Care for those in need
Education is a high priorty with Sharing Hands and they have set up many Education Centres in Dalit villages where people are now receiving education for the first time. The word “Dalit” comes from the Sanskrit root dal- and means “broken, ground-down, downtrodden, or oppressed.”
Dalits number about 170 million people in India, constituting 17% of the population. That means that about one out of every six Indians are Dalit, yet due to their caste identity Dalits regularly face discrimination and violence which prevent them from enjoying the basic human rights and dignity promised to all citizens of India.
The Sharing Hands Trust is a nationally registered organisation. It has been honoured with many great awards nationally and internationally for its untiring service to humanity. Sharing Hands has earned its place in the top 20 humanitarian aid organisations in India.
Sharing Hands has set up schools in many Dalit villages to educate the most underprivileged people groups in Indian society. There is no government funding involved and all finance is raised by donations from kind hearted sponsors or among the Christian churches in India.
Apart from caring for orphans, Sharing Hands has always been there to give a helping hand to those in need of it. It acted often as a first responder to natural disasters, like earthquakes, the tsunami, famines, floods and droughts etc.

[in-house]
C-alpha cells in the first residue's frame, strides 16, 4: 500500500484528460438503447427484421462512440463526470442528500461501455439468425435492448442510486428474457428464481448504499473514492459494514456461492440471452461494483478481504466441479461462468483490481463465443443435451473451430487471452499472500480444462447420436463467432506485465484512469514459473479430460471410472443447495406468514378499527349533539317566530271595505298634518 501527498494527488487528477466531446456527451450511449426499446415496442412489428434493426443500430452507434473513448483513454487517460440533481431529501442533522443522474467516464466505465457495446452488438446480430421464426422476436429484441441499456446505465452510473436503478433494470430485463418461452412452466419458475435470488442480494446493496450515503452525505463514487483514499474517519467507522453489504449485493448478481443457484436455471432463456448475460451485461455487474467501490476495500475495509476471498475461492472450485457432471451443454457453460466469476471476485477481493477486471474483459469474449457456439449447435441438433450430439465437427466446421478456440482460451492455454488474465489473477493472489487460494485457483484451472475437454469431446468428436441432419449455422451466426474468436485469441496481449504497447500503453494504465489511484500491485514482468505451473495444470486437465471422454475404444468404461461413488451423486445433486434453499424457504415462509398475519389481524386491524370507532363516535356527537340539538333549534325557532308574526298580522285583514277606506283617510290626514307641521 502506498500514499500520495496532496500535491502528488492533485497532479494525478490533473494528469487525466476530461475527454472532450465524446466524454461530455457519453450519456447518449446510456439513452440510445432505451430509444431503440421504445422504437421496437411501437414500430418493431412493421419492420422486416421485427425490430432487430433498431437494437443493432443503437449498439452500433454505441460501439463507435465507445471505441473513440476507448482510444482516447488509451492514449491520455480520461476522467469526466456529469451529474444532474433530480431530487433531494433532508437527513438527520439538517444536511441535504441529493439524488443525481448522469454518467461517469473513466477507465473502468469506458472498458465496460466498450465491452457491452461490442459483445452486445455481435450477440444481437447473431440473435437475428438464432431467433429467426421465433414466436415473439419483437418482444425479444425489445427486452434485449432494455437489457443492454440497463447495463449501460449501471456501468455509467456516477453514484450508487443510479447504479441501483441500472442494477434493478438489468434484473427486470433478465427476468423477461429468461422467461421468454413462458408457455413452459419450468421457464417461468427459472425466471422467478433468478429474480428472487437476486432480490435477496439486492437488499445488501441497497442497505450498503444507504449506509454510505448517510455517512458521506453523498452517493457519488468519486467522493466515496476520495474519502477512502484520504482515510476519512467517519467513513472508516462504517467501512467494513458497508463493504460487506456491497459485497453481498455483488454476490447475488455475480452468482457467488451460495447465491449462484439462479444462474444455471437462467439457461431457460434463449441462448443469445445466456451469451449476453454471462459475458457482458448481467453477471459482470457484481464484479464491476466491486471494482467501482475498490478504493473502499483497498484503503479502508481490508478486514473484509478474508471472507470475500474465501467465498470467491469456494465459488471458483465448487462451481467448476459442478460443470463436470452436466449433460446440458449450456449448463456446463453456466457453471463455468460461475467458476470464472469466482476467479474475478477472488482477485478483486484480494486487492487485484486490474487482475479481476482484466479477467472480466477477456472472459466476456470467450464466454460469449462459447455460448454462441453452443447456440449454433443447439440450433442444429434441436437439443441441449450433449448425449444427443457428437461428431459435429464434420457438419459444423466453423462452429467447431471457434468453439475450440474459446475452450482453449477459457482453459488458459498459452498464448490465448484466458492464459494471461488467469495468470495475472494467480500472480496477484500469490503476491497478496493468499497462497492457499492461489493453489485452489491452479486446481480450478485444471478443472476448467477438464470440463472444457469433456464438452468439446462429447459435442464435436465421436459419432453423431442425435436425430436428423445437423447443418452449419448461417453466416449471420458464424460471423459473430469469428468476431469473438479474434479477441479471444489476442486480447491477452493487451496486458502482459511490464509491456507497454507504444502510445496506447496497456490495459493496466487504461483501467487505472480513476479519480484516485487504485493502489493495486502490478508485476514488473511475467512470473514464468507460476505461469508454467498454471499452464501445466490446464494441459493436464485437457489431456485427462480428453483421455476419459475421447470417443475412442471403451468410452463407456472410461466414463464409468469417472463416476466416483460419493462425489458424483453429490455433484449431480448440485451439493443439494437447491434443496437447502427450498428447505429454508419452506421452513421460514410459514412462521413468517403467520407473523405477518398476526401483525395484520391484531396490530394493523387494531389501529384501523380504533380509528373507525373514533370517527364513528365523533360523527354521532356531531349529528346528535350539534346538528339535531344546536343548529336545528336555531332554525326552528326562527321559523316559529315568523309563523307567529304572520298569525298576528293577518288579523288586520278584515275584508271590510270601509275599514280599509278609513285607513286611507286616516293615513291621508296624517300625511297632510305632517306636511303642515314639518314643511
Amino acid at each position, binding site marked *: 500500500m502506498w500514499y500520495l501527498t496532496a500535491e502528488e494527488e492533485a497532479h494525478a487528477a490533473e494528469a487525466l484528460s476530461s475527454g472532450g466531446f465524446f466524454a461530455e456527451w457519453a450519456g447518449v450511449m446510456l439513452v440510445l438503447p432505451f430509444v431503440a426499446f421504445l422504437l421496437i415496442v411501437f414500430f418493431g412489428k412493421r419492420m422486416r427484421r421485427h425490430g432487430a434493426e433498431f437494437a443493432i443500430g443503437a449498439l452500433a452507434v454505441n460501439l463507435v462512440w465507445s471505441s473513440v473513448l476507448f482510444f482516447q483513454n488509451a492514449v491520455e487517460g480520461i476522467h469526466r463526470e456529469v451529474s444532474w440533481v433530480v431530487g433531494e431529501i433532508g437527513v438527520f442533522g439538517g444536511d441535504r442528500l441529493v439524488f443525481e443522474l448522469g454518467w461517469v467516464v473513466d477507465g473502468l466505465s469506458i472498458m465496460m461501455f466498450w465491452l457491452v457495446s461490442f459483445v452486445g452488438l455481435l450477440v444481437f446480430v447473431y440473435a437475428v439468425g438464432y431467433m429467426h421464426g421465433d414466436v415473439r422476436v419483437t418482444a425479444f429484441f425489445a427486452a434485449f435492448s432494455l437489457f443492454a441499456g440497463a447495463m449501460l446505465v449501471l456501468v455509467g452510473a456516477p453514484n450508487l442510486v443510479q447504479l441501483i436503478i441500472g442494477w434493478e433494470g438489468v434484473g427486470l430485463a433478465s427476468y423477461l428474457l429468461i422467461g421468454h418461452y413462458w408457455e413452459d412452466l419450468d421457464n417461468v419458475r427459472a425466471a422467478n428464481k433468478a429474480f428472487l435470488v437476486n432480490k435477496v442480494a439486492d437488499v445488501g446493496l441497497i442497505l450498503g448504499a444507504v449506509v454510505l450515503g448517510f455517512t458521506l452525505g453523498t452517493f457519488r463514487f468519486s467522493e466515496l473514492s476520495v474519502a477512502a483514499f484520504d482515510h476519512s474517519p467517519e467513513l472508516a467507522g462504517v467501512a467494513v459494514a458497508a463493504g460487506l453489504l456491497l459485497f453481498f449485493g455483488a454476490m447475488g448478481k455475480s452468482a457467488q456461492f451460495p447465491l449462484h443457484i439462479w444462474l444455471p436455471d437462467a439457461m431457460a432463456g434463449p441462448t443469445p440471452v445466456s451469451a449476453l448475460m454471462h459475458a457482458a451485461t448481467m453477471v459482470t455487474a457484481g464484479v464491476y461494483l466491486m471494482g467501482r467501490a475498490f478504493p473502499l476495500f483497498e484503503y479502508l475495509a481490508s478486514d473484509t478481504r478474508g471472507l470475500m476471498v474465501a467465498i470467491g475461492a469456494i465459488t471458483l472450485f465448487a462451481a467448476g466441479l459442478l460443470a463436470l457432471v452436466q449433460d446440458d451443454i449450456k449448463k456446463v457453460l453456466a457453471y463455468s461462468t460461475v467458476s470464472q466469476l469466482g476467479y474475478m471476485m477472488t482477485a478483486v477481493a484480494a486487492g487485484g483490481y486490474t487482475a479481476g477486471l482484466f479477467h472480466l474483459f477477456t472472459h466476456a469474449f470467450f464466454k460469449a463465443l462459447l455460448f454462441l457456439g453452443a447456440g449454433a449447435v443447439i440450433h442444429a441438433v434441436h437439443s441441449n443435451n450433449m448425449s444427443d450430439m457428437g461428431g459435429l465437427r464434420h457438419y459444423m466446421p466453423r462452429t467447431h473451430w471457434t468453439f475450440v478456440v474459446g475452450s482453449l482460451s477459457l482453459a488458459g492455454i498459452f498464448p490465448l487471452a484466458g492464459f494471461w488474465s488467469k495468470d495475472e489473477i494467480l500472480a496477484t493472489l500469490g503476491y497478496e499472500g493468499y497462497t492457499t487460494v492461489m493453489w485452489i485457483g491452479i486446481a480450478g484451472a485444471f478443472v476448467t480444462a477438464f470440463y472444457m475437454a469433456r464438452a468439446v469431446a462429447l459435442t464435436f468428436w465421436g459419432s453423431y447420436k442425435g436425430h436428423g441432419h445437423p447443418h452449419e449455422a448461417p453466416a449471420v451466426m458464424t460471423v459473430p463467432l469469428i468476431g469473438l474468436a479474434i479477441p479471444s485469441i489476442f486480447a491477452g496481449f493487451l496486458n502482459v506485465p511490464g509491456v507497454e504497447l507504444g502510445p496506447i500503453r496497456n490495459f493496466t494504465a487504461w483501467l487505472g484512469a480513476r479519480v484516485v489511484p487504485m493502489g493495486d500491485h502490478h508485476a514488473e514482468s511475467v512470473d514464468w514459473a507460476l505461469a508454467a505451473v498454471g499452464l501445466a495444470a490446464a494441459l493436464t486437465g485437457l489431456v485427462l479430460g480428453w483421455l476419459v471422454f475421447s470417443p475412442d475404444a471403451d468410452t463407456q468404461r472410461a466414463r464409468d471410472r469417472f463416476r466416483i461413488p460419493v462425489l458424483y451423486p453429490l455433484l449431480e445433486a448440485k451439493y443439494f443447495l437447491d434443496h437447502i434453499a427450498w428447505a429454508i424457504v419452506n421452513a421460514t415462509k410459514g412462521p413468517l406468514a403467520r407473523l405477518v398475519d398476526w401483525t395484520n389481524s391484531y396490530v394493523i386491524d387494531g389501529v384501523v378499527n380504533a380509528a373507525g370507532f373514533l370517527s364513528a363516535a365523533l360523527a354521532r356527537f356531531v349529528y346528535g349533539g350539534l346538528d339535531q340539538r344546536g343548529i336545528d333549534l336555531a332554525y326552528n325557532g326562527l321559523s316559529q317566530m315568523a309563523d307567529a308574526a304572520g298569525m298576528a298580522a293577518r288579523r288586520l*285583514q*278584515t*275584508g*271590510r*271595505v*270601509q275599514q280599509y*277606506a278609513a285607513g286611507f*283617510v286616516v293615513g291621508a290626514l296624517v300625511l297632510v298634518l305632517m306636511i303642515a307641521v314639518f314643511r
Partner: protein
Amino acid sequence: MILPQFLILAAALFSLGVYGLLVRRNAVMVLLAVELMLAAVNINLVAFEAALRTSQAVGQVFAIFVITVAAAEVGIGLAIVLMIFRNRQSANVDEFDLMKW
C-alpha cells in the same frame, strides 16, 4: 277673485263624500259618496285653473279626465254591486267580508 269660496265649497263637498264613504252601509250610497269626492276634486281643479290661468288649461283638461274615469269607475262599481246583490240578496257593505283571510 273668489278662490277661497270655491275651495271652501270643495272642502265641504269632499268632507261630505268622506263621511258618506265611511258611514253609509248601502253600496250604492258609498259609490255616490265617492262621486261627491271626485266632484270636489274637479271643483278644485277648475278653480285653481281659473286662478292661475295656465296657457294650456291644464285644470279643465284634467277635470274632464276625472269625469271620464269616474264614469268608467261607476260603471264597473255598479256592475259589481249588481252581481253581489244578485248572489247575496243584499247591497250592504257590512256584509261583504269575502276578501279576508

Here are more sites you can look at to get more information and find out ways to help or get involved.
Clean Water Projects
One of our priority projects is providing the children with clean water. In many of the places where we work, children do not have access to clean drinking water. Women and children spend many hours each day walking long distances to collect water and bring it back. Water-borne diseases lead to a multitude of serious health problems, many life-threatening. It's hard to believe that more often than not, the clean water that is desperately needed is right underneath them.
Many children collect water from open ponds which are contaminated with waterborne diseases such as diarrhea, and cholera. Providing a well and pump system will provide them with clean safe drinking water.It is estimated that around 37.7 million Indians are affected by waterborne diseases annually and that 1.5 million children are estimated to die of diarrhoea alone. Water quality is also affected by floods and droughts and can also arise from lack of awareness and education among users.